13 'Ant-Man' Easter Eggs and References to Marvel Comics, The Avengers, and...Spider-Man!

by John Boone 10:20 PM PDT, July 17, 2015
Playing 13 'Ant-Man' Easter Eggs and References to Marvel Comics, The Avengers, and...Spider-Man!

If we’re not mistaken, Ant-Man contains the first reference to Spider-Man in the Marvel Cinematic Universe. It’s basically common knowledge at this point that Spidey will make his first appearance in Captain America: Civil War next year -- the role has officially been cast, so he can! -- but he seems to get a little head nod here. Welcome home, Peter Parker!

That and 12 more Easter eggs and tidbits you may not have caught, below.

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(WARNING: We’re diving deep into SPOILER territory. If you have not seen Ant-Man yet, leave your computer, go to your local movie theater, watch the movie, and then come back and read this post.)

Photo: Marvel

1. “Tales to Astonish”: While Darren Cross (Corey Stoll) discusses rumors of an Ant-Man superhero going on missions during the Cold War, he has a passing line calling them “Soviet propaganda” and “tales to astonish.”

Hank Pym -- the original Ant-Man -- debuted in 1962 in the comic Tales to Astonish #27, “The Man in the Ant Hill.” “That sold so well that I thought making him into a superhero might be fun,” Stan Lee later explained.

Hence, Pym’s return in Tales to Astonish #35, “Return of Ant-Man.”

Photo: Marvel Studios

2. San Quentin State Prison: Some guessed Scott Lang (Paul Rudd) would serve his time at Seagate Prison -- the prison from Marvel's One-Shot All Hail the King -- and hoped another famous Seagate inmate, Luke Cage, would cameo, but Ant-Man uses the more geographically appropriate San Quentin.

That said, there is a comic book antihero who has been locked up at San Quentin: Frank Castle a.k.a. The Punisher. Now that Jon Bernthal has been cast as The Punisher for Netflix’s Daredevil, maybe we’ll revisit San Quentin someday.

Photo: Marvel Studios

3. The Milgrom Hotel: The complex that Scott crashes at after he's released from San Quentin is named after longtime Marvel writer, artist, and editor Al Milgrom. Fun fact: Milgrom was fired from Marvel after inking “Good riddance to bad rubbish, he was a nasty S.O.B.” in a “Universe X: Spidey” comic after former Editor-in-Chief Bob Harras left the company.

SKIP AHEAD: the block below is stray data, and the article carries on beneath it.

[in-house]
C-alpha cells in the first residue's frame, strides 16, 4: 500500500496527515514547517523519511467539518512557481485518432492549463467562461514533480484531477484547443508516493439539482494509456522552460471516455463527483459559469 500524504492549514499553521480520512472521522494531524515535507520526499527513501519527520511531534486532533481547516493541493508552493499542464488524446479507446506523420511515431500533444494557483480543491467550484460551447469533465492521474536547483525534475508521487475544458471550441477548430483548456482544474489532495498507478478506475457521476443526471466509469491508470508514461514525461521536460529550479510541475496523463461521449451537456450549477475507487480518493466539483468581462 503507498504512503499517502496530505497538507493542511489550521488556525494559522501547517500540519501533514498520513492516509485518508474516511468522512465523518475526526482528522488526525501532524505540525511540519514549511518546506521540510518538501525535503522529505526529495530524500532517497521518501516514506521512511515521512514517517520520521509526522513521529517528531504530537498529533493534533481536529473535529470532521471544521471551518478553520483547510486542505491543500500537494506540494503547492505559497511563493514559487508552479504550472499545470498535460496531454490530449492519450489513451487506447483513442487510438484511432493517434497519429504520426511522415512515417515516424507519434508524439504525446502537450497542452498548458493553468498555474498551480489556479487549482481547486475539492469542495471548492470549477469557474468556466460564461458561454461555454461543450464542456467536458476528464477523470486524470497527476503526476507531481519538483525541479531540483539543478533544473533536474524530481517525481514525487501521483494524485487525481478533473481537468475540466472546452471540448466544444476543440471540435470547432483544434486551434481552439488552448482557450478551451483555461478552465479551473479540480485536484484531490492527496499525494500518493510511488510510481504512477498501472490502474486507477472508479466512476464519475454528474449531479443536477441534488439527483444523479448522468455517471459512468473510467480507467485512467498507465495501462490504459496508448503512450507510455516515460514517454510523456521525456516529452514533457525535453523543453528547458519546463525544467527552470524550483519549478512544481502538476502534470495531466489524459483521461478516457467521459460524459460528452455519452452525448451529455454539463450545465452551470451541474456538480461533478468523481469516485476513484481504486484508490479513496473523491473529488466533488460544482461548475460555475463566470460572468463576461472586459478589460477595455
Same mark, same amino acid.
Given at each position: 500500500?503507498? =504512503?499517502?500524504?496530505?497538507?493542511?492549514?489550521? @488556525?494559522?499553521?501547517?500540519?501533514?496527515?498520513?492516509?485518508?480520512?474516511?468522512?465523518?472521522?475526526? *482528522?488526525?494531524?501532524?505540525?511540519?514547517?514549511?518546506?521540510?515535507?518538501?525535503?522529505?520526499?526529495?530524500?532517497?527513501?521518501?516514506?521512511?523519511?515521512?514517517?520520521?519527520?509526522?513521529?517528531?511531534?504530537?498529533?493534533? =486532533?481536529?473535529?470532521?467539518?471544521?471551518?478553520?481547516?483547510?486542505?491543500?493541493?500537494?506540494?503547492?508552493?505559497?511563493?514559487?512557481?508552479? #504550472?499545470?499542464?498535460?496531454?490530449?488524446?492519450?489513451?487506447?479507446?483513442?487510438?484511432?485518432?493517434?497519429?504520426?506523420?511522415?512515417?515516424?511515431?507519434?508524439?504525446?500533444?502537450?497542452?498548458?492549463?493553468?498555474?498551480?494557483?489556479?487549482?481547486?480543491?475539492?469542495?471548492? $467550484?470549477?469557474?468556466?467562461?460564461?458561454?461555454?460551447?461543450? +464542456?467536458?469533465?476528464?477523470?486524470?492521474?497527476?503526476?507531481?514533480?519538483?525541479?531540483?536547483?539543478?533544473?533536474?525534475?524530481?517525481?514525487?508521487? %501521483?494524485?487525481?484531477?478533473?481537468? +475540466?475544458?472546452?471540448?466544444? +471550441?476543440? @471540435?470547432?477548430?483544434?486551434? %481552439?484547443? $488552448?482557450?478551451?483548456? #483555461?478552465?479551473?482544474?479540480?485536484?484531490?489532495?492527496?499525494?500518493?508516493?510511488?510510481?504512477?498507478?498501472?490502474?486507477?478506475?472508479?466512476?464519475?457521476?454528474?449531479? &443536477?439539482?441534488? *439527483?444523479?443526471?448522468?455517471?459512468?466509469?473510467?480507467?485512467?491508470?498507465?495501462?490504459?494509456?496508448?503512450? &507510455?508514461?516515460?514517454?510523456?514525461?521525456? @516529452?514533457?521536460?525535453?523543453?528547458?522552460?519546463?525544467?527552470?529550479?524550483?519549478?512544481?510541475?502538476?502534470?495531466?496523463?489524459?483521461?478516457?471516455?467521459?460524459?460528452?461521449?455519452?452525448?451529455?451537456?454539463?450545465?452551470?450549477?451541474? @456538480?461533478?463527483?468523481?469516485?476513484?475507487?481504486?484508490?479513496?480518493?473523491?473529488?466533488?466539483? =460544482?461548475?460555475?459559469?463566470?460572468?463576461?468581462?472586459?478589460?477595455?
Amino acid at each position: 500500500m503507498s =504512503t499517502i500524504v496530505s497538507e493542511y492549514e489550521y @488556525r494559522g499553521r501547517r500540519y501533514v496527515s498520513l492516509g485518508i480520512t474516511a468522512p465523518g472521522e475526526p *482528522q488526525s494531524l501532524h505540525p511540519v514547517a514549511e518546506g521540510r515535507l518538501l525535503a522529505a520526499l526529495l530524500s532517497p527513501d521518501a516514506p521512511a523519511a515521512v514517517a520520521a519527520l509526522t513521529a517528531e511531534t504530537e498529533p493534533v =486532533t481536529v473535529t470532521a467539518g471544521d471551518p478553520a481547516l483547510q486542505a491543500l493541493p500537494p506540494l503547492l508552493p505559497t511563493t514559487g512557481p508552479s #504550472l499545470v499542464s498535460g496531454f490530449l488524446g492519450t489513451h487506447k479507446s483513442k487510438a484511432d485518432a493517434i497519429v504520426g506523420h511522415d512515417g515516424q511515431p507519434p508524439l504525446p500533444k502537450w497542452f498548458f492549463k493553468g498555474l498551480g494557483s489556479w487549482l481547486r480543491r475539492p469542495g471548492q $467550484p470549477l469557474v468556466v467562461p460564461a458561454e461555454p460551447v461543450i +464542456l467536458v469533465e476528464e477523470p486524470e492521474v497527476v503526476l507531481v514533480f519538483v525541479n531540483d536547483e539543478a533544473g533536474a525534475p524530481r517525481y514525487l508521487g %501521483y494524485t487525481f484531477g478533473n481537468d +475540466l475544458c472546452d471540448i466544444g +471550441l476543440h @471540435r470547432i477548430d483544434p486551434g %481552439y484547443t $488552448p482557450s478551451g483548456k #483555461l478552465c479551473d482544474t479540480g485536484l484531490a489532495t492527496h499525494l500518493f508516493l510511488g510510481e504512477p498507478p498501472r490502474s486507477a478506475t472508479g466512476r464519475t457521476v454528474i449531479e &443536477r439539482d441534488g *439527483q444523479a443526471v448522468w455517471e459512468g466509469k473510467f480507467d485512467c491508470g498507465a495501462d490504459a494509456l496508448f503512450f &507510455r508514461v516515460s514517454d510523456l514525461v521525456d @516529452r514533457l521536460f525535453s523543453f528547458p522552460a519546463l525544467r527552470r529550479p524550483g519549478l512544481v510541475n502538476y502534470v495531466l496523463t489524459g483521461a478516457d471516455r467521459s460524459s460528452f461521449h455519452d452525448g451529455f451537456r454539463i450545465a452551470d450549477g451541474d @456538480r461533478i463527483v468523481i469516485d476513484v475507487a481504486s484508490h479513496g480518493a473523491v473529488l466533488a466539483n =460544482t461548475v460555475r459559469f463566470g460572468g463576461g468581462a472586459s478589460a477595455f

Photo: Marvel

4. Agent Mitch Carson: Martin Donovan’s role was kept under wraps as long as humanly possible. Now we know he plays Mitchell Carson. In the movie, he’s an old adversary of Hank Pym’s (Michael Douglas) from their days working at S.H.I.E.L.D. in the ‘80s. In the present, he’s a suit, interested in buying the Ant-Man tech. In light of the events of Captain America: The Winter Soldier, it’s no surprise that we later learn Carson is HYDRA.

(Side note: When Cross reveals that Carson is HYDRA, he says, “The research they’re doing is very interesting.” Could more experimentations like the ones that lead to Quicksilver and Scarlet Witch still be taking place?)

In the comics, the character is also a S.H.I.E.L.D. agent gone bad, but his story is completely different. Carson is set to inherit the Ant-Man suit, before it’s stolen by future Ant-Man, Chris McCarthy. (There are four different Ant-Men in the comics. Don’t stress over it.) Using his own, makeshift suit, Carson goes after the real tech and ends up severely burned after a fight. Ultimately, he’s thrown in jail by Iron man.

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Photo: Marvel

5. The Ten Rings: This one’s a little complicated, especially because it doesn’t factor into Ant-Man too significantly. (Hey, it’s an Easter egg.) Remember the terrorist organization in Iron Man that kidnapped Tony Stark (Robert Downey Jr.) and is the reason he ever creates an Iron Man suit in the first place? And then in Iron Man 3, we find out their leader, The Mandarin (Ben Kingsley), is just an actor named Trevor Slattery? And then in the one-shot All Hail the King (see: no. 2), we find out there is a real Mandarin out there and the terrorist group is still active, albeit in secret? That’s The Ten Rings.

One of the businessmen that visits Pym Tech to bid on the Ant-Man tech has a “Ten Rings of the Mandarin” tattoo on his neck. Which means they’re still out there, somewhere...

Photo: Marvel

6. The Wasp: Fans were (understandably) upset when they learned Janet van Dyne, a.k.a. the Wasp, a.k.a. one of the comics' founding members of The Avengers, had apparently been killed off the Marvel Cinematic Universe before the events of Ant-Man.